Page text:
FIGS. 3 and 4 are end views of the upper and lower ends, respectively, of the grip; and
FIG. 5 is a side view showing the interior face of the grip of the present invention.
It further should be carefully noted at this point that the drawings have been drawn to full scale. Consequently, if desired, the stock of the present invention can be produced by following the dimensions and contours of the illustrations. To facilitate practice of the invention,
3,327,421 l 'atented June 27, 1967 ice pertinent dimensions and contours have been identified on the drawings.
Stocks or grips such as those under consideration, can be made of wood, preferably walnut, or they can be formed of a molded plastic, the plastic, most suitably, being of a type conforming with Government specifications both in composition and color, which conventionally is a semi-gloss brown. If the stock is formed of Wood, its external contours will be specially shaped by any suitable manufacturing process and in the subsequent detailed description it will be assumed that such a shaping process is being conducted. In a molding process, the molds themselves, of course, provide the desired contours and dimensions.
Another notable feature of the invention, however, is the fact that the stock of the present invention also can be easily formed by starting with a conventional left hand stock illustrated in FIG. 1. Consequently, all of the left hand stocks presently in supply systems of the US. Government readily can be converted to the more versatile stock of the present invention and this conversion can result in a substantial immediate saving. The manner in which this conversion can be performed will be considered subsequently. It also is possible to convert present right hand stocks into a shape which will permit their use on either side of the pistol.
Referring to FIGS. 2 5 of the drawings, the present stock has an outer or exterior face 1 and an interior face 2 (FIG. 5), the outer face being scored or checkered in the illustrated manner to facilitate the operators gripping of the pistol, and the inner face having a fiat surface permitting flush contact with the pistols handle. Also, as shown in FIG. 5, the interior face is provided with certain recesses 3 which are non-functional but, according to government specifications, are permitted within reasonable limits for stability of a molded product.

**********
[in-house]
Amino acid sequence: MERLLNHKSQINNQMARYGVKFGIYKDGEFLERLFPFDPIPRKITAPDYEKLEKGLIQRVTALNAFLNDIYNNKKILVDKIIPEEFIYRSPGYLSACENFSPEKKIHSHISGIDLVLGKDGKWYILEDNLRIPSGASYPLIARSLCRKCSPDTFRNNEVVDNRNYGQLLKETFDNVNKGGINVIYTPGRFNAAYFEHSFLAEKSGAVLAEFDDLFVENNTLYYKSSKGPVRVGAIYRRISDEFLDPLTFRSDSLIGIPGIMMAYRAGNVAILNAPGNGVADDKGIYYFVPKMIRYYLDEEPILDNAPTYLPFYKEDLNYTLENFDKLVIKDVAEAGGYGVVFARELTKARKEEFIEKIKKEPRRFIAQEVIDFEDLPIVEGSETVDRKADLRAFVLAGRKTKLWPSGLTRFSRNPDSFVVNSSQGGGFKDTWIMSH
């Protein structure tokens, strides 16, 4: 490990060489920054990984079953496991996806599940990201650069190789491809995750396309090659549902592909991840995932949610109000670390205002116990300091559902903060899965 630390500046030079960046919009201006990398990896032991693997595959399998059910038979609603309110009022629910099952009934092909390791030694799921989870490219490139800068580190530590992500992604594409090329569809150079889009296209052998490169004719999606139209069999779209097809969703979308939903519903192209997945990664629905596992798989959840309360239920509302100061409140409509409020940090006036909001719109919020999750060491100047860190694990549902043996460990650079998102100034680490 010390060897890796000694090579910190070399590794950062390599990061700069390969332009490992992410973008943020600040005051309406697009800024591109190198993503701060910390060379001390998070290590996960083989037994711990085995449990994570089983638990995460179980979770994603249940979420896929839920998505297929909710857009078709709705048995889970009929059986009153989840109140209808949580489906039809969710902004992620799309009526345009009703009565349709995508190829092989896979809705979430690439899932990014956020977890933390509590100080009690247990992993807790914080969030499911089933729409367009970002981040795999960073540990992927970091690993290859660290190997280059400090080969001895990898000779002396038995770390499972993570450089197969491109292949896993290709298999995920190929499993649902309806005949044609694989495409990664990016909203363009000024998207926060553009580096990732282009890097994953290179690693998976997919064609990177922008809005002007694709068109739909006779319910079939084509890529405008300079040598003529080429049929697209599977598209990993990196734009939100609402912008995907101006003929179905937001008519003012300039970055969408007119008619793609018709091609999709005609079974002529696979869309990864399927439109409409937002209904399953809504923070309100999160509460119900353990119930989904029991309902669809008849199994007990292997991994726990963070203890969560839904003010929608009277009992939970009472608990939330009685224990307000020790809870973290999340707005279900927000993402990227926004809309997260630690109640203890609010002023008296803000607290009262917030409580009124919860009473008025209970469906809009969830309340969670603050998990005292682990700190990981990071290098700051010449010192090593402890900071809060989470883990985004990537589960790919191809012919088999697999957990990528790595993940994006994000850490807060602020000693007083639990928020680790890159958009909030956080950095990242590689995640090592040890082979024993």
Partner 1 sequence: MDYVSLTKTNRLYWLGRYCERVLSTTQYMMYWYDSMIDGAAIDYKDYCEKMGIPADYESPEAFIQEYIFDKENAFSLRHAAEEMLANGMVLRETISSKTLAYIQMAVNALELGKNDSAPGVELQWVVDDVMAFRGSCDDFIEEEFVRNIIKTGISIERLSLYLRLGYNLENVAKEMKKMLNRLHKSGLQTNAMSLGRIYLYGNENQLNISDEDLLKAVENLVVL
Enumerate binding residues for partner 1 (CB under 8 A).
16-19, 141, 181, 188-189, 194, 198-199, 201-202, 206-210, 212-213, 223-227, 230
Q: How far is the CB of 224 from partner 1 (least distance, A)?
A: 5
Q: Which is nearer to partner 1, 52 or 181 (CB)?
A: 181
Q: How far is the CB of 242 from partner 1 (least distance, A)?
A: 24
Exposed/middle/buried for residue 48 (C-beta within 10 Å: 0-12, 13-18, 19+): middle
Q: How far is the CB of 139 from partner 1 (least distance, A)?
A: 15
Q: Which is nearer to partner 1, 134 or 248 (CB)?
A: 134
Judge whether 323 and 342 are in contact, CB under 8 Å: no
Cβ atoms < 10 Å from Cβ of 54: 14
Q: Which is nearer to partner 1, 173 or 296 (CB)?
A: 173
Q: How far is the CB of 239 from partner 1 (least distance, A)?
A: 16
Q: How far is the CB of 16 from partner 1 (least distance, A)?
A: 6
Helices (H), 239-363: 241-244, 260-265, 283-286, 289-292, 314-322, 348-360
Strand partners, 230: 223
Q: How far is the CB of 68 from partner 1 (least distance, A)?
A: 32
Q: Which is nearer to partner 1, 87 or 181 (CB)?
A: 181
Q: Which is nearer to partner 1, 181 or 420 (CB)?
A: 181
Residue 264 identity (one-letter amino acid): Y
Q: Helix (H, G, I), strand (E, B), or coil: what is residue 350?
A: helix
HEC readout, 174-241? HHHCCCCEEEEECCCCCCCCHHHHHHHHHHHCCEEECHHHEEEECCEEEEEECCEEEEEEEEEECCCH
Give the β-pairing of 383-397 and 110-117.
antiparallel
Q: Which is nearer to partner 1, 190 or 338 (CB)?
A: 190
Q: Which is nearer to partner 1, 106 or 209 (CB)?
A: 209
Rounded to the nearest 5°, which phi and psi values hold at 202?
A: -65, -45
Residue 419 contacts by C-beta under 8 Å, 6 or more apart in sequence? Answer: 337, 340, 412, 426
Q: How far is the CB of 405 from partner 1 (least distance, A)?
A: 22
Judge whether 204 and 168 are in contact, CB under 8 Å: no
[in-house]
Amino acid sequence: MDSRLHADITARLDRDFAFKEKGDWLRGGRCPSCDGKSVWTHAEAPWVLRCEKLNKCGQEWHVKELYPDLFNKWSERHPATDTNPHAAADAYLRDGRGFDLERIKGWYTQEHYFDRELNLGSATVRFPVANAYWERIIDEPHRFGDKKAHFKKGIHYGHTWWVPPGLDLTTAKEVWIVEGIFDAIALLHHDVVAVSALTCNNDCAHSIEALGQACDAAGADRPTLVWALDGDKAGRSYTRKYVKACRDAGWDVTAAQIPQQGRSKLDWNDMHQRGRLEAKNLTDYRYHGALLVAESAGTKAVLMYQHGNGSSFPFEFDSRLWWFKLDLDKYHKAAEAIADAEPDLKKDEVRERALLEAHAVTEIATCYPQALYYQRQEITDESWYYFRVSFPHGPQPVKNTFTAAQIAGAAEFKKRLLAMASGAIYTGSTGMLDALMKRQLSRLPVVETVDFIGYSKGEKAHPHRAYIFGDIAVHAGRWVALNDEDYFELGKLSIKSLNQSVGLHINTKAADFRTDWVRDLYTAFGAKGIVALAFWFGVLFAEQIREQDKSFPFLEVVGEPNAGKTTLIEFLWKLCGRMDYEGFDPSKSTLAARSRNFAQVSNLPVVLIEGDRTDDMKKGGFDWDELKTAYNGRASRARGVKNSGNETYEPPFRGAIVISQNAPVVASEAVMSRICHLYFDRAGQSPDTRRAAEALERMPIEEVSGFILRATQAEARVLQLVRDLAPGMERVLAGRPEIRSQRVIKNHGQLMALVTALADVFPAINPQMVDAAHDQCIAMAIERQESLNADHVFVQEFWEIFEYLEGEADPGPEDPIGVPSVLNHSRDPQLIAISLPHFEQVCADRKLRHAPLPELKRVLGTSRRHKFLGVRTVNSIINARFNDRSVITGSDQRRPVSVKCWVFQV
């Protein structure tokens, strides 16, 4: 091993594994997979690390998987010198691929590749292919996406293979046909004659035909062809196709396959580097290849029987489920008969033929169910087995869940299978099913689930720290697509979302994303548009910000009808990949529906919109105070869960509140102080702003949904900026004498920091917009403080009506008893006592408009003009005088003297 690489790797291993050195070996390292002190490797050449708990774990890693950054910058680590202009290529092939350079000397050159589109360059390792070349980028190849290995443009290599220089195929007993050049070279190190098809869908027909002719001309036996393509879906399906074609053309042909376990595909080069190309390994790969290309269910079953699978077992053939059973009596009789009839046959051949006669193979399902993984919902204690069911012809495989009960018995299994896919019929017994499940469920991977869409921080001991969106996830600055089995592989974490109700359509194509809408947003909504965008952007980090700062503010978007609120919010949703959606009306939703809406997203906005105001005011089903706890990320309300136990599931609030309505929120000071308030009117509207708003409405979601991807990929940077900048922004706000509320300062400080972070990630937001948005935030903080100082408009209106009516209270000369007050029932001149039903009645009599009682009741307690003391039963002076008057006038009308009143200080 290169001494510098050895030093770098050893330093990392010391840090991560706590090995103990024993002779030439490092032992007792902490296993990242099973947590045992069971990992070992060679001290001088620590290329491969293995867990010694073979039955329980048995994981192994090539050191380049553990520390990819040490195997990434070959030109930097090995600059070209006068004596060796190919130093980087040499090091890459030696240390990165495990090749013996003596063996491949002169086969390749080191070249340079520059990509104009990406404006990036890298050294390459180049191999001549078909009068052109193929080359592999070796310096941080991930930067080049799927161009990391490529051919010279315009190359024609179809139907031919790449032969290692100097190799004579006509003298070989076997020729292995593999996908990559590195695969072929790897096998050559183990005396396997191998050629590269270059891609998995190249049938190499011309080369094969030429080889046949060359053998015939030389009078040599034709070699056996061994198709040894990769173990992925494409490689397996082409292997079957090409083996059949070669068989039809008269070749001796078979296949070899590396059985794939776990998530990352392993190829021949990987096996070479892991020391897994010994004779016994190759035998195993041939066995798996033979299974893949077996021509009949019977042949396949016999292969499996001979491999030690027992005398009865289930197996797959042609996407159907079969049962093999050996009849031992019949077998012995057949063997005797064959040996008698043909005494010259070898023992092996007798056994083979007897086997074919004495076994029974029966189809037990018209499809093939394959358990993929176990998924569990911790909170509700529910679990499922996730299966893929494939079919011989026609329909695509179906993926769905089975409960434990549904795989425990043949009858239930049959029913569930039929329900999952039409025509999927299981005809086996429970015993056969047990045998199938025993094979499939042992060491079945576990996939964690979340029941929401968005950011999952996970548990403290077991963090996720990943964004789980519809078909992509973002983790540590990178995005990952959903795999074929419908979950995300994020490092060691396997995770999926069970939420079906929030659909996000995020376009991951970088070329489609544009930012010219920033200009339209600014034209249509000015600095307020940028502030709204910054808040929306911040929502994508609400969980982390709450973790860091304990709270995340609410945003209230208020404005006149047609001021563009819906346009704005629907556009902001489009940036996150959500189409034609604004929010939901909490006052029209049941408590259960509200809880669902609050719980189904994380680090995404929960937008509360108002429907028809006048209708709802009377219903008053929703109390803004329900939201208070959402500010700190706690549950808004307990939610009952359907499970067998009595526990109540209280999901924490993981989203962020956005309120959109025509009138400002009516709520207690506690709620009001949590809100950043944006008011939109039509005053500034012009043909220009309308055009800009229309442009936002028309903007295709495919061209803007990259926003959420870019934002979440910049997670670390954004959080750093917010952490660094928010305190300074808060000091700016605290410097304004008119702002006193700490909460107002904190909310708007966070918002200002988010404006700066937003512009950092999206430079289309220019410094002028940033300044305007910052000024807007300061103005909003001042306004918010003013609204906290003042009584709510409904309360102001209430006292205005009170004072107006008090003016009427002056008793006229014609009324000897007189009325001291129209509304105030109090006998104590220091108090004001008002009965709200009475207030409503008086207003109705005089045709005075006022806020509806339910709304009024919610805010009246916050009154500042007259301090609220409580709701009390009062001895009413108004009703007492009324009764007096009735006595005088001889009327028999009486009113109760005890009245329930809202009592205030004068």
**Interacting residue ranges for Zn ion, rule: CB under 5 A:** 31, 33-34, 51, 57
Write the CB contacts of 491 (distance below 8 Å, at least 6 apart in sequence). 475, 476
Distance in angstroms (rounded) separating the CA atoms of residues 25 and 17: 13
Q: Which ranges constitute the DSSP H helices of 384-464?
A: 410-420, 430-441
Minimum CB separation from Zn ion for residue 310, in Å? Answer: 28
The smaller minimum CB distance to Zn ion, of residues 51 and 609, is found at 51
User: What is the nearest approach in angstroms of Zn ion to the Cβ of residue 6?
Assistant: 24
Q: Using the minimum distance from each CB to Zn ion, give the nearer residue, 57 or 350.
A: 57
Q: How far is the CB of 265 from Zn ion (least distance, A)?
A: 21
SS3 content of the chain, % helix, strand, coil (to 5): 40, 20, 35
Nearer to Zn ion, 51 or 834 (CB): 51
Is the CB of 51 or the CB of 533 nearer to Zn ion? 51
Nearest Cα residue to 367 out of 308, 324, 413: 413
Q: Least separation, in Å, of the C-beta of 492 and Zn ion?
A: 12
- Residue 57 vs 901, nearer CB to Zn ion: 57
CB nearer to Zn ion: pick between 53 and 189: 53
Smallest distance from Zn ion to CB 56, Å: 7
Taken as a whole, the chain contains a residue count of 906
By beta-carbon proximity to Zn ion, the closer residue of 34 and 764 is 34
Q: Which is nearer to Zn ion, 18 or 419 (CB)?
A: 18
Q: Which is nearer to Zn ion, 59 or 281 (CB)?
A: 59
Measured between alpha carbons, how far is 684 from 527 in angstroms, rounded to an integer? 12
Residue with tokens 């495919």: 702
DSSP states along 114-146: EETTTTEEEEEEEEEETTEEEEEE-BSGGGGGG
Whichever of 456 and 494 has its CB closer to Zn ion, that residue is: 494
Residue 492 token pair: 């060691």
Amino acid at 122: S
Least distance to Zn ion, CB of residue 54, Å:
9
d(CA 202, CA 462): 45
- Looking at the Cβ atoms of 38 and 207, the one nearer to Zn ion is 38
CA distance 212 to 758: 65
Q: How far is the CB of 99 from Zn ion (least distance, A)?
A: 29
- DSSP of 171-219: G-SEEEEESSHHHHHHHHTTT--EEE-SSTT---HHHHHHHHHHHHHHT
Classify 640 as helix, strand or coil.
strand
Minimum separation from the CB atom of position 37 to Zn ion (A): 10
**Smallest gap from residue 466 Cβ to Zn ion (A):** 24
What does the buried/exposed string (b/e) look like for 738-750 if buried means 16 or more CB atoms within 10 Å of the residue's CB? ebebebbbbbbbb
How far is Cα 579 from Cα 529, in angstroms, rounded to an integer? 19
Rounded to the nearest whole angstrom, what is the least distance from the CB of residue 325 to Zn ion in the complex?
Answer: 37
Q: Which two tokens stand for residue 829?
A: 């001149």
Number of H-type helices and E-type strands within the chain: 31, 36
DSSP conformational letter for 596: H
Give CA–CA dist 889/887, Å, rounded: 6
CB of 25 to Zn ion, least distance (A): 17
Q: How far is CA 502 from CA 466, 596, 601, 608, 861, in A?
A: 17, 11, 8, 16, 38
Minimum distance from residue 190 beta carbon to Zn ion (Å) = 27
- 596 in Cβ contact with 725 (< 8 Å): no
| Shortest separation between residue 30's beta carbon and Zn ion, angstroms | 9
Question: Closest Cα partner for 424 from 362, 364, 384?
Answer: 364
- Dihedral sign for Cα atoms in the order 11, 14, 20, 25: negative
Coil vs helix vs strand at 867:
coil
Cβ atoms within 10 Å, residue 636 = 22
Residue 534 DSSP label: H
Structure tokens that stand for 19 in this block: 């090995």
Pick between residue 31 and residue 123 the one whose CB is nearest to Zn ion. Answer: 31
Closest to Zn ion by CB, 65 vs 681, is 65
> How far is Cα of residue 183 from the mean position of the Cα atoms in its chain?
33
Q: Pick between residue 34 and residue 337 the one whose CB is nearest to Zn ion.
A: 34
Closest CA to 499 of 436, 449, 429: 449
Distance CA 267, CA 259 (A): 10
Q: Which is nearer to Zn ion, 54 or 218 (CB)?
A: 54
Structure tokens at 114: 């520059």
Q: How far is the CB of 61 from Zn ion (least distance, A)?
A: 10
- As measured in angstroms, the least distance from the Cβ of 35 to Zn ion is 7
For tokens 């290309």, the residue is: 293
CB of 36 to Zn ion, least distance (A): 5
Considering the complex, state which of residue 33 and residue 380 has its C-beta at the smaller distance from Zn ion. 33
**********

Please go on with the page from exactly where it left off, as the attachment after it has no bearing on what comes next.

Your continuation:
To permit the stock to be secured to the pistol, it is provided with a pair of holes or openings 4 and 6, these openings being positioned precisely as shown in the drawing and being spaced a distance of about 3.074 inches. The cross-sectional contour of the stock can best be seen in the end views of FIGS. 3 and 4 where it will be noted that exterior face of the stock is provided with a radius of curvature of 1 inches, this radius terminating in a fiat side wall 8 which is about V of an inch thick. The total thickness of the stock taken on its longitudinal center is .255 inch or slightly less.
For descriptive purposes, it can be considered that the stock has a pair of flaring sides 9 and 11, as well as an upper end portion 12 and a lower end portion 13, the sides flaring outwardly from the upper end portion to the lower in conformity with FIG. 2 or 5.
There are three functional contours which permit the present stock to be used on either side of the pistol handle, these being the contour of upper end 12, the contour of lower end 13 and a notch 15 formed on side wall 9, which side wall, as shown in FIG. 2 can be considered as the right hand side wall.
Again referring to FIG. 2, the contour of the stock about its perimeter will be described by commencing with its upper left hand corner and proceeding clockwise. The upper left hand corner can be located by circumscribing a radius fixed on the center of opening 4, the radius being .61 inch with a tolerance of .01 inch. Starting at this corner, upper end 12 is formed by first providing an arcuately beveled section 16 having a radius of curvature of 1 inches, this beveled section extending from the corner to a point which is A of an inch from a vertical line through the axis of opening 4 and being centered on point 20. Proceeding from this point, the upper end portion has another arcuate bevel 17 also having a radius of 1 inches, this radius being taken about point 18 which is directly below the termination of the first arcuate section. Further, as shown in FIG. 5, upper end portion 12 is provided with a straight bevel 19 which, as shown in the fragmentary offset of FIG. 2, has an angle of inclination of 20 minutes plus or minus 0 30 minutes. This bevel which extends from the interior face of the stock outwardly, has a width of about of an inch, thus providing the upper end 12 with a thin flange portion 21 most clearly seen in FIG. 5.